Myospalax myospalax 

Scope: Global
Language: English

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Taxonomy [top]

Kingdom Phylum Class Order Family
Animalia Chordata Mammalia Rodentia Spalacidae

Scientific Name: Myospalax myospalax (Laxmann, 1773)
Common Name(s):
English Siberian Zokor, Altai Zokor
Myospalax laxmanni Beckmann, 1769

Assessment Information [top]

Red List Category & Criteria: Least Concern ver 3.1
Year Published: 2016
Date Assessed: 2016-06-08
Assessor(s): Cassola, F.
Reviewer(s): Amori, G.
Contributor(s): Tsytsulina, K.
Listed as Least Concern, however in some isolated parts of the range the population and area of occupancy are declining. Considered Near Threatened in some parts of Kazakhstan and Russia.
Previously published Red List assessments:

Geographic Range [top]

Range Description:It is distributed in east Kazakhstan and south of Western Siberia (Russia). The range is fragmented and declining.
Countries occurrence:
Kazakhstan; Russian Federation
Additional data:
Upper elevation limit (metres):2750
Range Map:Click here to open the map viewer and explore range.

Population [top]

Population:It is common, in some parts rare, in others abundant.
Current Population Trend:Unknown
Additional data:
Population severely fragmented:No

Habitat and Ecology [top]

Habitat and Ecology:It inhabits steppes, including those with shrubs, rare forests, meadows and sometimes arable fields. Distribution is connected to soft meadow soils and rich grass vegetation. It avoids dry steppes, rocky and rubbly places. In mountains it has been found up to 2750 m. It is an obligate subterranean species, with exception of short foraging expeditions and juvenile dispersal. Burrows have several tiers. Upper level is feeding passages on 5-27 cm under the ground. Lower tier is at 40-110 cm, consist of short passages, store, nest and toilet cells. Diameter of the feeding burrows is 8-13 cm. In total passage length is up to 150 m. Individual areas are separated in spring, but later join one another (Mahmutov 1972). In the burrows there are temporary and permanent (wintering) nests. The latter is always only one and suited at 15-30 cm below ground, near the main exit. It is active usually during dusk and dawn. It feeds on roots and green parts of several dozen of plants. In anthropogenic places, it feeds on cultivated plants. Winter supplies (up to 8 kg) consist of roots, bulbs, and scions of different plants, mainly herbs (Mahmutov 1977). It does not hibernate. Mating ocurs from September-November until March-April (Mahmutov 1970). It has one litter per year with 1-10, usually 3-5 young.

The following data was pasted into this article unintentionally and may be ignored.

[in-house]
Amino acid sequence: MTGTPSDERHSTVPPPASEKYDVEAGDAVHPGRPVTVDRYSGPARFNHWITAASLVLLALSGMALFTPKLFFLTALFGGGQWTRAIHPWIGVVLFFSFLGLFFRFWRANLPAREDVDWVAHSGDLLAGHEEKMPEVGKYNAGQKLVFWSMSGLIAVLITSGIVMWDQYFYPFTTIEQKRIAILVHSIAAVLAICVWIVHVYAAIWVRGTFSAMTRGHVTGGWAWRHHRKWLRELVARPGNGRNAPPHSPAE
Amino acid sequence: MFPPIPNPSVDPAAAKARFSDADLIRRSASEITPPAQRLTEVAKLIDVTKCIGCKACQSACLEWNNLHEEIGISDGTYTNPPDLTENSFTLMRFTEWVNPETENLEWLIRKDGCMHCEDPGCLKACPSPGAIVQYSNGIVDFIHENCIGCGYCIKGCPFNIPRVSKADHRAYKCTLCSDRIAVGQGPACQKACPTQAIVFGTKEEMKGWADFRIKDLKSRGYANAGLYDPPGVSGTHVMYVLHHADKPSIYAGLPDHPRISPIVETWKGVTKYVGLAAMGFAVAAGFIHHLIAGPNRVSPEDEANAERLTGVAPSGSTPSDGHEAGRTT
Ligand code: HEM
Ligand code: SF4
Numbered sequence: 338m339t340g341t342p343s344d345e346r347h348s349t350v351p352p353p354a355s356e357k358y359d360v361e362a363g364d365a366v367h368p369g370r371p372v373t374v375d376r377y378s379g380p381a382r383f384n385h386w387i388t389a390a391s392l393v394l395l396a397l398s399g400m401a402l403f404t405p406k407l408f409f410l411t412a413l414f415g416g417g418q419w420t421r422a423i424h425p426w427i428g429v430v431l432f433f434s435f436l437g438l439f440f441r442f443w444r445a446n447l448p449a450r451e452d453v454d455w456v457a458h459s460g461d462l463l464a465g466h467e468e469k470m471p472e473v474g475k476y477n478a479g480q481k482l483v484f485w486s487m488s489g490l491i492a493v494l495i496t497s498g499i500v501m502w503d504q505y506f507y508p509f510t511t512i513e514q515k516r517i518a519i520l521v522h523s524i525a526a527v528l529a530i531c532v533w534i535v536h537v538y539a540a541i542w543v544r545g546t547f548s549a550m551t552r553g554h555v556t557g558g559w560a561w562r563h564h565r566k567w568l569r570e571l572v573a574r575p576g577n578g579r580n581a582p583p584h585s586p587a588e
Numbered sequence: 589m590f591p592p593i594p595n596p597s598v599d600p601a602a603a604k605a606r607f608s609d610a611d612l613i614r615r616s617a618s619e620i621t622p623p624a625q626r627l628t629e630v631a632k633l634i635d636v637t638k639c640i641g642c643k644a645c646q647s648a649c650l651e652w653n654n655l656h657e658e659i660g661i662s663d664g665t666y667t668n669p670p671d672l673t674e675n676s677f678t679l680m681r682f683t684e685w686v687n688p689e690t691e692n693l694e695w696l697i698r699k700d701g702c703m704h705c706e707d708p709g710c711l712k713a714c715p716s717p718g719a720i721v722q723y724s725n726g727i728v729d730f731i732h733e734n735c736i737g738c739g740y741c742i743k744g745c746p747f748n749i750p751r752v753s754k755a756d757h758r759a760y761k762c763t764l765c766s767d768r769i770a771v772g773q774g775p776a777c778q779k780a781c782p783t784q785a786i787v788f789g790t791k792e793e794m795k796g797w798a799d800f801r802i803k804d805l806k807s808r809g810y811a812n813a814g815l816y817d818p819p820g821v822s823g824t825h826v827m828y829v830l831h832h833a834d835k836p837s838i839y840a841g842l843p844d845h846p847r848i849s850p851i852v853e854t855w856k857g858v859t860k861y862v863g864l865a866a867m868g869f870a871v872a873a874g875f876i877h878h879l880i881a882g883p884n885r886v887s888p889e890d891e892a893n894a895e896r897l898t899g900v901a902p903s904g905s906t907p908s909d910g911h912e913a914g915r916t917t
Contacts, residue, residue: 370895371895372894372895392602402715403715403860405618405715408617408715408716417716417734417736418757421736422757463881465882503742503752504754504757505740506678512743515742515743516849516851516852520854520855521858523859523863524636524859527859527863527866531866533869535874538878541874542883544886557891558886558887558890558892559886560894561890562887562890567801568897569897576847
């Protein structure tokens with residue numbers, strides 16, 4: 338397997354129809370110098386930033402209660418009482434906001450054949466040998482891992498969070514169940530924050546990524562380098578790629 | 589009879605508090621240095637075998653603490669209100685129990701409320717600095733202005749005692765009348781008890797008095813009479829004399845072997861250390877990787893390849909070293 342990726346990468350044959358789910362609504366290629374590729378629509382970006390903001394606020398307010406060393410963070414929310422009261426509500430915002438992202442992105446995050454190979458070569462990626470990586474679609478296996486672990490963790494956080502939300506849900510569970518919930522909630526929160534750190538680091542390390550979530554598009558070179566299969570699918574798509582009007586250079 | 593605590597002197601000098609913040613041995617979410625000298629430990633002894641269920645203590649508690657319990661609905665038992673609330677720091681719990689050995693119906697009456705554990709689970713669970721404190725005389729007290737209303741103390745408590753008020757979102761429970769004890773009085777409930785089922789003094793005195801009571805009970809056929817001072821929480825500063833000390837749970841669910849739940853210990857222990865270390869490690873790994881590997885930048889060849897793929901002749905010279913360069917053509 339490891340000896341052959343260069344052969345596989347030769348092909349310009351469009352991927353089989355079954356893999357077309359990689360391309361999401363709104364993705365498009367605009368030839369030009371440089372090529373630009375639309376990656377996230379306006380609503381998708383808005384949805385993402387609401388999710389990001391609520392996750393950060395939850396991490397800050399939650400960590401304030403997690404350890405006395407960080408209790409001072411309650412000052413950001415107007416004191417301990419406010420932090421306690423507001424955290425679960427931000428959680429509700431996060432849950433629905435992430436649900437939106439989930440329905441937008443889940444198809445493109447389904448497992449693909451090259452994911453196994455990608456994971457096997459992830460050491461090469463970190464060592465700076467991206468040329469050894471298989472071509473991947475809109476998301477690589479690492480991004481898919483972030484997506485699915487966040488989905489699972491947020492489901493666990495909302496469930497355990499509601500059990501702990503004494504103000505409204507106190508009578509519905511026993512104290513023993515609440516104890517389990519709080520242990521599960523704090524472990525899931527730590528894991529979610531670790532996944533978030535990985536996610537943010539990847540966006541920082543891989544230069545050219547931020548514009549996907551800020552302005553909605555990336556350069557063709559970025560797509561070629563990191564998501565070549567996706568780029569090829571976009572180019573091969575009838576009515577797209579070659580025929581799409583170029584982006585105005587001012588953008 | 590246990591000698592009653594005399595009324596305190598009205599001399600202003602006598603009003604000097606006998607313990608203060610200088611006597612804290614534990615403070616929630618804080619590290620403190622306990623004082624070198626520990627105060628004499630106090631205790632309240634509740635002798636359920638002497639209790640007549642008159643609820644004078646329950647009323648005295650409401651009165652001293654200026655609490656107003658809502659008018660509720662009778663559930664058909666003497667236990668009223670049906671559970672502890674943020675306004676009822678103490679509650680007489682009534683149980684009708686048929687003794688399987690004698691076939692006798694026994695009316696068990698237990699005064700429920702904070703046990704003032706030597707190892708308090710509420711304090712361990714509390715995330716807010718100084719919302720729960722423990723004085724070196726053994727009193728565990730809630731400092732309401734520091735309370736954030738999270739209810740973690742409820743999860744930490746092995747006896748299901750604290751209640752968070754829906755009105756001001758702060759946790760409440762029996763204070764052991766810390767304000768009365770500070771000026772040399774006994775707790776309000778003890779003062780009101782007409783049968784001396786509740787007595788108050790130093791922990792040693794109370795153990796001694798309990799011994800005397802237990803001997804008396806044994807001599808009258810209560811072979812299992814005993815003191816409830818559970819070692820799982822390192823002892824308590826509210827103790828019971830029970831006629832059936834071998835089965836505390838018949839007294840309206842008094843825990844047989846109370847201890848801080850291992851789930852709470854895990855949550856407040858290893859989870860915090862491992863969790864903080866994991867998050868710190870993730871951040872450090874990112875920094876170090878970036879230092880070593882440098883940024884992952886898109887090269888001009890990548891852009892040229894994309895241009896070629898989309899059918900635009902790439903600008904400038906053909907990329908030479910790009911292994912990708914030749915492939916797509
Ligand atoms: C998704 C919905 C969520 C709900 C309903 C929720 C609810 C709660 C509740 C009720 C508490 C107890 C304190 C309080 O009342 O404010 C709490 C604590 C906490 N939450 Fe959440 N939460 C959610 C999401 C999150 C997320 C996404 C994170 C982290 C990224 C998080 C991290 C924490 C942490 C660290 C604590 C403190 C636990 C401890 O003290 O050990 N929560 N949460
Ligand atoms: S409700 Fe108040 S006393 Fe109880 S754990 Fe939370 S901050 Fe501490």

Generation Length (years):2-3

Threats [top]

Major Threat(s): Habitat loss due to man-induced activity may significantly influence the area of occupancy in some isolates. Isolated parts of the range are still declining.

Conservation Actions [top]

Conservation Actions: This is a secondary commercial species, but recently almost not hunted. It occurs in some protected areas. Further conservation measures in some isolated parts of the range are necessary.

Citation: Cassola, F. 2016. Myospalax myospalax. The IUCN Red List of Threatened Species 2016: e.T14119A22277335. . Downloaded on 24 May 2018.
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